Dan Garver, Owner and Winemaker
I made my first batch of wine when is was a teenager -- it turned out terrible. So bad, in fact, that I didn't make another batch of wine in the forty years that followed. However, during that time, I learned a lot about wine, and I learned to love wine -- the differences between varietals, the different wine regions, and how all this effects and impacts the wine world and ultimately what ends up in our glasses.
I spent all of my adult life working in the medical microbiology field. Wine making seemed to be a logical extension of microbiology, a creative next step. Crafting wine is nothing more than putting all those tiny microorganisms to work for you, and I'm all for having something else do the work. All in all, you could say I'm a lazy person, I am all for an easy way to do things. Which works out perfectly because the wine makers job is nothing more than supervising nature; to push it this way and manipulate that way to result in a wine style that you find to be pleasing.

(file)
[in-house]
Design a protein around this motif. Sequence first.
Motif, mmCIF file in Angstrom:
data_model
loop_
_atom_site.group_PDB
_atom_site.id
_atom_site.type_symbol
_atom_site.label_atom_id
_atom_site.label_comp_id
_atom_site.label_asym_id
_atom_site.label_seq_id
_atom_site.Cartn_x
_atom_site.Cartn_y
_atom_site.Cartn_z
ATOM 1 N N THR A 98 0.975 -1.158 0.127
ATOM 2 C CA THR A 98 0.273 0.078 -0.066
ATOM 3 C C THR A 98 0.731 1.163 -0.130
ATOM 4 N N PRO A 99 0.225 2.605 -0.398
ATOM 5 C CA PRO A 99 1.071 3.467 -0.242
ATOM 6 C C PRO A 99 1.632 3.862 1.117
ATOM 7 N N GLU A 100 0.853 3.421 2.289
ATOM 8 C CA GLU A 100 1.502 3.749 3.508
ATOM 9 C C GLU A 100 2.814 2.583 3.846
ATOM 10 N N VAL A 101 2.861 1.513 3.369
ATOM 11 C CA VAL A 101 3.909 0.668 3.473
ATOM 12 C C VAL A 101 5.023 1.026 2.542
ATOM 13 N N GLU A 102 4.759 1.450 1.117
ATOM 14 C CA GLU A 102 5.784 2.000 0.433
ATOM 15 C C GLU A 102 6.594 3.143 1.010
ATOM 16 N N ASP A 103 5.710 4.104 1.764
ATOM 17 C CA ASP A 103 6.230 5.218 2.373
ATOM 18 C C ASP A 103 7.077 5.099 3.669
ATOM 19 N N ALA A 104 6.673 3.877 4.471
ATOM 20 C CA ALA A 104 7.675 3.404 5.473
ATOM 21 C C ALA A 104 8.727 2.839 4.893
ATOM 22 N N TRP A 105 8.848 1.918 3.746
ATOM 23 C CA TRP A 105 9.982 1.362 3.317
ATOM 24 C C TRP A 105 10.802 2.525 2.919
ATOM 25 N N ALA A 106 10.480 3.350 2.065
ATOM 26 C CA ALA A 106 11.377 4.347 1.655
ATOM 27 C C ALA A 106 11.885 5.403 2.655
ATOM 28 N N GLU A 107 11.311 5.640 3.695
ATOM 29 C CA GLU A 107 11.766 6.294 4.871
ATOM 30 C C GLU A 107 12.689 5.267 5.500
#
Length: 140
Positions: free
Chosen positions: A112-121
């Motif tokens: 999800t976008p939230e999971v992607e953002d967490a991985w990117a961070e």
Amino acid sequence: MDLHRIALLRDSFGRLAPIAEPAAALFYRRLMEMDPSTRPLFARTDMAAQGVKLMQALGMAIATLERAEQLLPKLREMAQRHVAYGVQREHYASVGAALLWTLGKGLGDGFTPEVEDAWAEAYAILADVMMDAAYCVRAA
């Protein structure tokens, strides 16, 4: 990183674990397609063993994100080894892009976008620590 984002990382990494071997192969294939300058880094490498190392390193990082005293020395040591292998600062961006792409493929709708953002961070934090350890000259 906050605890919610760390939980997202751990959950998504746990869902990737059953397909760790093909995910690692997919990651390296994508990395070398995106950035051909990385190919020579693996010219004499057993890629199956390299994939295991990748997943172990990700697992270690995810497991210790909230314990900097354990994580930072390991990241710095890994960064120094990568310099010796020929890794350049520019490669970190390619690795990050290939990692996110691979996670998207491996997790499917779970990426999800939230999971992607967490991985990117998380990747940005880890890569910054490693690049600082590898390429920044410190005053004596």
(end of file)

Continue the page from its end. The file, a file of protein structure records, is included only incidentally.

Did you know that wine is the only naturally occurring alcoholic beverage? Grapes or other fruits, left on their own in nature, will ferment by the wild yeast and sugars found within them, making wine a completely natural process. The same cannot be said about beer or distilled spirits. The wine maker's job is simply to supervise nature, to give it the helpful push it needs once in a while, to steer it in the right direction resulting in something your pallete will find pleasing.
Ultimately, the wine maker's job is to make sure your glass is never empty, and what's a better job than that?